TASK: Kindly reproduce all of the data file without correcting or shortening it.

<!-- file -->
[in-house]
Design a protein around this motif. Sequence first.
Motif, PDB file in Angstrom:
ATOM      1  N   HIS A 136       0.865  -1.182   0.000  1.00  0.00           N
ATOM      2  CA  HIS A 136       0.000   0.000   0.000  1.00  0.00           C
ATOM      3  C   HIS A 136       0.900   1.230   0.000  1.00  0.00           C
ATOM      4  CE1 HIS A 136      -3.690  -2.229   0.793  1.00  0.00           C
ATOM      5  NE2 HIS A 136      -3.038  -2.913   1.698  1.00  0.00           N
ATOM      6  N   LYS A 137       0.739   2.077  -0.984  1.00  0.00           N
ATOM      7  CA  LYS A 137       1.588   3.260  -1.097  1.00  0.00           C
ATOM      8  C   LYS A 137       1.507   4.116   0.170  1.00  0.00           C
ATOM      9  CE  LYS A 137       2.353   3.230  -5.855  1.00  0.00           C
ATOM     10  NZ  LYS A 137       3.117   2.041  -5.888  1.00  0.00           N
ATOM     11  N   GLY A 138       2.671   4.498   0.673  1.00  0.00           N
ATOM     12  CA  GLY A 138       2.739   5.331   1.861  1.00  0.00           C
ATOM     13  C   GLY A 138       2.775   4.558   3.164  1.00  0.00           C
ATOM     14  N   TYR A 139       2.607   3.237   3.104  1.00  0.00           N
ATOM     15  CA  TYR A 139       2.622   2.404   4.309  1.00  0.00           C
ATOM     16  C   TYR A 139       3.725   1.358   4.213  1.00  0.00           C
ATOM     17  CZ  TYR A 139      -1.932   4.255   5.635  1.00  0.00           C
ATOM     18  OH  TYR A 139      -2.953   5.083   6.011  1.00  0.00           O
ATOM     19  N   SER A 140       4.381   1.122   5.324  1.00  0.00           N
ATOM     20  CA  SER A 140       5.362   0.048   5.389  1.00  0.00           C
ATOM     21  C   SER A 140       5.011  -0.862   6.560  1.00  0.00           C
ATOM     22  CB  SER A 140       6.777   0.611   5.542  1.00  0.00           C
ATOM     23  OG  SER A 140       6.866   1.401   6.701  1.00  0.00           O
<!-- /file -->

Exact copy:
[in-house]
Design a protein around this motif. Sequence first.
Motif, PDB file in Angstrom:
ATOM      1  N   HIS A 136       0.865  -1.182   0.000  1.00  0.00           N
ATOM      2  CA  HIS A 136       0.000   0.000   0.000  1.00  0.00           C
ATOM      3  C   HIS A 136       0.900   1.230   0.000  1.00  0.00           C
ATOM      4  CE1 HIS A 136      -3.690  -2.229   0.793  1.00  0.00           C
ATOM      5  NE2 HIS A 136      -3.038  -2.913   1.698  1.00  0.00           N
ATOM      6  N   LYS A 137       0.739   2.077  -0.984  1.00  0.00           N
ATOM      7  CA  LYS A 137       1.588   3.260  -1.097  1.00  0.00           C
ATOM      8  C   LYS A 137       1.507   4.116   0.170  1.00  0.00           C
ATOM      9  CE  LYS A 137       2.353   3.230  -5.855  1.00  0.00           C
ATOM     10  NZ  LYS A 137       3.117   2.041  -5.888  1.00  0.00           N
ATOM     11  N   GLY A 138       2.671   4.498   0.673  1.00  0.00           N
ATOM     12  CA  GLY A 138       2.739   5.331   1.861  1.00  0.00           C
ATOM     13  C   GLY A 138       2.775   4.558   3.164  1.00  0.00           C
ATOM     14  N   TYR A 139       2.607   3.237   3.104  1.00  0.00           N
ATOM     15  CA  TYR A 139       2.622   2.404   4.309  1.00  0.00           C
ATOM     16  C   TYR A 139       3.725   1.358   4.213  1.00  0.00           C
ATOM     17  CZ  TYR A 139      -1.932   4.255   5.635  1.00  0.00           C
ATOM     18  OH  TYR A 139      -2.953   5.083   6.011  1.00  0.00           O
ATOM     19  N   SER A 140       4.381   1.122   5.324  1.00  0.00           N
ATOM     20  CA  SER A 140       5.362   0.048   5.389  1.00  0.00           C
ATOM     21  C   SER A 140       5.011  -0.862   6.560  1.00  0.00           C
ATOM     22  CB  SER A 140       6.777   0.611   5.542  1.00  0.00           C
ATOM     23  OG  SER A 140       6.866   1.401   6.701  1.00  0.00           O